How often do you take your eyes off the road to check a device? Mobile phones are the obvious culprit, but there are also things like built-in parking assist systems and digital assistants to consider.
Do these seemingly time, effort and brain power-saving bits of kit lure us into a false sense of security? Are they convincing us that it’s ok to take our eye off the ball for a while because the tech has got our backs?
A recent report in iNews discusses David Beckham’s six-month driving ban for using his phone at the wheel, and takes the opportunity to highlight just how risky using tech in your vehicle could be.
Scientific research confirms that multitasking is impossible. And if you’re after a stark example that applies specifically to road users, the American Psychological Association puts it like this:
“For example, losing just a half second of time to task switching can make a life-or-death difference for a driver on a cell phone traveling at 30 mph. During the time the driver is not totally focused on driving the car, it can travel far enough to crash into an obstacle that might otherwise have been avoided.”
A New Scientist article even goes so far as to state that using a mobile phone at the wheel is worse than being drunk.
Whether you’re speaking or using your hands – you might be doing both – you’re still using your brain to carry out the task in question.
As iNews reports, “Driving is complex and fast-paced, requiring the processing of information from multiple inputs, yet often we are made to feel as though it is easy.”
Despite this, the list of tasks you can do while driving includes asking your virtual assistant a question, listening to text messages, and making phone calls via voice commands.
Should makers of ‘infotainment’ tech like Alexa and Google Assistant really be resting on the assumption that their kit is safe for drivers to use?
If you’re concerned about how this news affects your choice to listen to your favourite driving playlist while you’re on the road for work, you can rest easy.
Listening to music isn’t as interactive as some of the other activities we’ve mentioned, so there shouldn’t be too much risk here – but it’s probably best to keep the air guitar to a minimum.
Vehicles can almost drive themselves these days, can’t they?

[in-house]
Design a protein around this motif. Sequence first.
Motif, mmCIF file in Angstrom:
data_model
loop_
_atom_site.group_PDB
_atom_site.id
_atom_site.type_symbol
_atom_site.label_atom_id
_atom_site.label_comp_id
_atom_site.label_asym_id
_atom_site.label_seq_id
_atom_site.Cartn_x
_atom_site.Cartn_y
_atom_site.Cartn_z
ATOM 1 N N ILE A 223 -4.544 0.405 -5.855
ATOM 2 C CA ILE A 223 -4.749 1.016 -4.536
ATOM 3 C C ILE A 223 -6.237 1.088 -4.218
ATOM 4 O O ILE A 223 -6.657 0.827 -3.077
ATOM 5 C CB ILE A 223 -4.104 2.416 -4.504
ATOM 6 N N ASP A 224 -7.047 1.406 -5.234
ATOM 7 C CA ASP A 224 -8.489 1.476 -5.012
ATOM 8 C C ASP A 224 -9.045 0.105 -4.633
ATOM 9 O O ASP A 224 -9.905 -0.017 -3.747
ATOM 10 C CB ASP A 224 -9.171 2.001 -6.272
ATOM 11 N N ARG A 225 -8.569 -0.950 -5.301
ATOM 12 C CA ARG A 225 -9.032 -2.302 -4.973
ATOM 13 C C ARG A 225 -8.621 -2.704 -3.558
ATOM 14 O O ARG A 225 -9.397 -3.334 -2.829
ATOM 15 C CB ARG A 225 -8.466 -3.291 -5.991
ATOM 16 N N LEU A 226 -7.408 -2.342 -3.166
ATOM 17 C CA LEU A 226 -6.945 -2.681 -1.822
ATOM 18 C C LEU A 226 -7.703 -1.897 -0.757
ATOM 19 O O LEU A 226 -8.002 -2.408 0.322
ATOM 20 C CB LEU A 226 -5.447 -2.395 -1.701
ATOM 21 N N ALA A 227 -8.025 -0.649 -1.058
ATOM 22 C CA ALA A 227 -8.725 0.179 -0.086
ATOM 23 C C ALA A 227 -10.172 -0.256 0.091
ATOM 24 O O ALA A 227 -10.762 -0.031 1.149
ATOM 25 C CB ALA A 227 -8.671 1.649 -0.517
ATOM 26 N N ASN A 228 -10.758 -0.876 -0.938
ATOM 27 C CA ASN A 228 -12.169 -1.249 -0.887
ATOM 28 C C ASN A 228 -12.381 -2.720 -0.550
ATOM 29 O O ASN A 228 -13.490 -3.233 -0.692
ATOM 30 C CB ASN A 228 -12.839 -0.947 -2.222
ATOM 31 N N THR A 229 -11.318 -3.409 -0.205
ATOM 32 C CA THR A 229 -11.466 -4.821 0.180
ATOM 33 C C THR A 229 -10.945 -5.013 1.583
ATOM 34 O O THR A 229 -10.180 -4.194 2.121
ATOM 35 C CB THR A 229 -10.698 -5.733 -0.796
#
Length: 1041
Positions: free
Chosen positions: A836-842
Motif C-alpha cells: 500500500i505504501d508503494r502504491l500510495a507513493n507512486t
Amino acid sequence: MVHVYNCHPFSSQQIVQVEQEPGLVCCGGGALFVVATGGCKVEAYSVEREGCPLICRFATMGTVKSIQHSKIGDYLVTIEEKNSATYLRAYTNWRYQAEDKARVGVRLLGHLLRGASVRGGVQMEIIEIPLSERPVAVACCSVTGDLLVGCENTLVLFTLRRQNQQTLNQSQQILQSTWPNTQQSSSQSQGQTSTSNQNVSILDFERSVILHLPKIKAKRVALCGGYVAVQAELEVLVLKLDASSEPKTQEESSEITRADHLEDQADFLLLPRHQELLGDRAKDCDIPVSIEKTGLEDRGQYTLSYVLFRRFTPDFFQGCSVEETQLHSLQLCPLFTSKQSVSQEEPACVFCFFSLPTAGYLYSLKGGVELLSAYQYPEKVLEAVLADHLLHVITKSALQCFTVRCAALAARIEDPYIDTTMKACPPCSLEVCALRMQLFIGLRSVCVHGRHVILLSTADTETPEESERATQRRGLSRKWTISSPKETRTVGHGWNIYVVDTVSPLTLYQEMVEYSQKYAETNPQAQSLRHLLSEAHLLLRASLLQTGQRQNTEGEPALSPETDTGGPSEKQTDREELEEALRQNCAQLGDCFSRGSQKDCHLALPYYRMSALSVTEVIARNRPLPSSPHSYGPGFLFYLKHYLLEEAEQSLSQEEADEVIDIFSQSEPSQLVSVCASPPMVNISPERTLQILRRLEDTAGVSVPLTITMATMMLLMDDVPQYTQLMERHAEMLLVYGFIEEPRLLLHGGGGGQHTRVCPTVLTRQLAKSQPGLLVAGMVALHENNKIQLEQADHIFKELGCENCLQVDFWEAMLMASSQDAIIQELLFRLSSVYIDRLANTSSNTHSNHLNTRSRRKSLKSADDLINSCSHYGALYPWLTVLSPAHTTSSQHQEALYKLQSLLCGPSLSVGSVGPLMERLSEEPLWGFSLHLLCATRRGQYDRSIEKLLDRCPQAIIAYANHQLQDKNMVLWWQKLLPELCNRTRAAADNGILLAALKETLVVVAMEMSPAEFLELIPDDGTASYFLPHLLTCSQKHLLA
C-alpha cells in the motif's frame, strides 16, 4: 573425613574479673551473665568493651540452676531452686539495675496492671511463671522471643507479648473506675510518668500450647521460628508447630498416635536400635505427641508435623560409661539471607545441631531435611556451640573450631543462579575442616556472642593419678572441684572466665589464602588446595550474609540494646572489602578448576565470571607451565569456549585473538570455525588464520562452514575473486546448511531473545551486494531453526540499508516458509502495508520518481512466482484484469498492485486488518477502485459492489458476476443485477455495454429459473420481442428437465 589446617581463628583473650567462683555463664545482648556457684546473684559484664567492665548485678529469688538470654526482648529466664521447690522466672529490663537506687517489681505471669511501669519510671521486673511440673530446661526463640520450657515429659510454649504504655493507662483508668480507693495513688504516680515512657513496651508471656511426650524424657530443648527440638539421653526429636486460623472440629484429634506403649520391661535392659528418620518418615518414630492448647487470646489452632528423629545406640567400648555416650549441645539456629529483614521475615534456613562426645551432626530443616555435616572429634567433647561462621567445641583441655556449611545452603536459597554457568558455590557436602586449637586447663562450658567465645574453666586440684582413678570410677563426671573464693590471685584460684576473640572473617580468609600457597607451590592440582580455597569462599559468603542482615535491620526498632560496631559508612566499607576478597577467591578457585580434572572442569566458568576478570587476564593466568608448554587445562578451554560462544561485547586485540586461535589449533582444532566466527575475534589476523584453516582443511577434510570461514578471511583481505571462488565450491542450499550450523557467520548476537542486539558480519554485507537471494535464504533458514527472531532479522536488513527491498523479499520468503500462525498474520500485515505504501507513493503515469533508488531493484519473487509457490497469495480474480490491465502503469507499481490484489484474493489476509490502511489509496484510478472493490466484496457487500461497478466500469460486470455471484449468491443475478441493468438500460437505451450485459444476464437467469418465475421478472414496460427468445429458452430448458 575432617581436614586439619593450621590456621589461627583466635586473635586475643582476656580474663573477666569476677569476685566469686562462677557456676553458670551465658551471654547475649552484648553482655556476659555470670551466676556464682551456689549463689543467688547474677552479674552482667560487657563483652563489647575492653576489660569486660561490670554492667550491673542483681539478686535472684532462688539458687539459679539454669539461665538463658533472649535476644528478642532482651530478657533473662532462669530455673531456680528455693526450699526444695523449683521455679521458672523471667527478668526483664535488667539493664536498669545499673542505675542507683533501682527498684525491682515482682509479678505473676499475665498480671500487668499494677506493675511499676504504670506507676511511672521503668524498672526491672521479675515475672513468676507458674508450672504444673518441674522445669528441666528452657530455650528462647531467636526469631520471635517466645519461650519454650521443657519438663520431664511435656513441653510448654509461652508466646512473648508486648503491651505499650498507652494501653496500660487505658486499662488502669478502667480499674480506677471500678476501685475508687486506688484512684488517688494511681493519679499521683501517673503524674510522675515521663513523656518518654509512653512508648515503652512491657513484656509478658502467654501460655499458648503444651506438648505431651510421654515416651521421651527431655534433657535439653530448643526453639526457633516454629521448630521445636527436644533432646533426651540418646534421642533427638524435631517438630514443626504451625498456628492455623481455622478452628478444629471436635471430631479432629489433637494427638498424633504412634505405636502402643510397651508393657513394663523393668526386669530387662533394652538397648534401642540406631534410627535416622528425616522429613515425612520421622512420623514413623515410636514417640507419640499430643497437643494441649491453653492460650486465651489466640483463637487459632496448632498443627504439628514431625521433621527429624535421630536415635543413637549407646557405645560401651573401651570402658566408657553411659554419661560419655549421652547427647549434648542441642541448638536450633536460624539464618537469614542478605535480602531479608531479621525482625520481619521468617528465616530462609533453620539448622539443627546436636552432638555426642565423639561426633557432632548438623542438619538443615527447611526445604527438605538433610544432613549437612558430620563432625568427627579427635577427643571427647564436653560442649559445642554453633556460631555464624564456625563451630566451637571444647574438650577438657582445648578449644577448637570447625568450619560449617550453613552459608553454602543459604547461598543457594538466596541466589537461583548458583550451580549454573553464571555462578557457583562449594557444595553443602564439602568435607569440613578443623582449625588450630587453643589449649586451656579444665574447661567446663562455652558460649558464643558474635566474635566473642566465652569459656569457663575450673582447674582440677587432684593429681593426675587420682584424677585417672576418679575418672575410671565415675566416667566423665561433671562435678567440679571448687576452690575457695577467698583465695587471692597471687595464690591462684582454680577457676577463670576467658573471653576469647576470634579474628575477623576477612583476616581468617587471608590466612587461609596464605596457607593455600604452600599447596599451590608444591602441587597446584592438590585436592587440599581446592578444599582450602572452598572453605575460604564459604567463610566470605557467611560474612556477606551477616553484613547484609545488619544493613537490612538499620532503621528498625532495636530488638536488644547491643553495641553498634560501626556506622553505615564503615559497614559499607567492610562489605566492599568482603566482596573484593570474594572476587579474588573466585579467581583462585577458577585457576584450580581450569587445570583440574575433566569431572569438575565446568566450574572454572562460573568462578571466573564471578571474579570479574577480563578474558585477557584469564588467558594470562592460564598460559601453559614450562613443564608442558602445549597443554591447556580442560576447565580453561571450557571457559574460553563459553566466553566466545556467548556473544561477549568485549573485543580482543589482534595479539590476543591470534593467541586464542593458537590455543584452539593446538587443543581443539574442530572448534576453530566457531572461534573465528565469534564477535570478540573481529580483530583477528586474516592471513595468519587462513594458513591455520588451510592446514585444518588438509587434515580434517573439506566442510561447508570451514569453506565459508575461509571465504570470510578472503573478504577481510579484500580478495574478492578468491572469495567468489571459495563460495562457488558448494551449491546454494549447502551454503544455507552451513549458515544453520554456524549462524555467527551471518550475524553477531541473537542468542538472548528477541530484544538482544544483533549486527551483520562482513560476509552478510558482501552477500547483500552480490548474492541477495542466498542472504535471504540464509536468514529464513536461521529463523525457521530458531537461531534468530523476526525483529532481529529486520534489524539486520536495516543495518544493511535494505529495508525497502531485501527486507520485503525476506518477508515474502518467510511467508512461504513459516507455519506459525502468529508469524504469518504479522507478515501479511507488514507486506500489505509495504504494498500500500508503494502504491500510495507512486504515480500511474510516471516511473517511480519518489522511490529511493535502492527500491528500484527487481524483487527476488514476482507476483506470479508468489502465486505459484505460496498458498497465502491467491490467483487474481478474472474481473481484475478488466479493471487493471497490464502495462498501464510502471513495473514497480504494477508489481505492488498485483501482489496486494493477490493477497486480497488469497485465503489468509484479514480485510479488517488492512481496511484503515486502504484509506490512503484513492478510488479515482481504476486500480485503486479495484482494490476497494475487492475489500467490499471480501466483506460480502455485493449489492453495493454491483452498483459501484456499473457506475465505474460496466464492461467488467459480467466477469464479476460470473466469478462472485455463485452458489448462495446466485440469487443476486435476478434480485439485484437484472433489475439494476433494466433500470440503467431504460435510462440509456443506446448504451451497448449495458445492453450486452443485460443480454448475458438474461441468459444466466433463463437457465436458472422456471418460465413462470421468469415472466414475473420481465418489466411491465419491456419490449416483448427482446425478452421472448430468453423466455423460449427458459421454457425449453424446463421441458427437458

Vehicle adverts often lead us to believe that modern technology is so great that we can pretty much leave our cars and vans to drive themselves.
The European Parliament has said that intelligent speed assistance and alerts for when you get distracted or drowsy should be fitted to new cars from 2022. In theory, these sound like positive steps to safer roads, but there’s also the chance that they’ll do the opposite and cause more distraction and danger.
Even if your car or van does have an anti-lock breaking system (ABS), parking-assist, reversing sensors and lane-keeping technology, could extra buttons, screens and lights to focus on in your vehicle actually cause extra distraction?
And is it really worth the potential risk to fully rely on this kind of tech?
The iNews report also makes an interesting point about judgements on what is a safe driving speed. If speed-limiting technology is fitted to all vehicles, it takes the responsibility out of the hands of drivers.
For example, depending on changing road conditions, or a particular incident on a particular day, maybe driving at 20 mph would be safer than driving at 30 mph in that 30 zone.
This, at a time when we're seeing that 23 per cent of drivers admit to disregarding smart motorway lane closures.
Do you think tech safety features are helping to make UK roads safer or more dangerous? Tell us in the comments.
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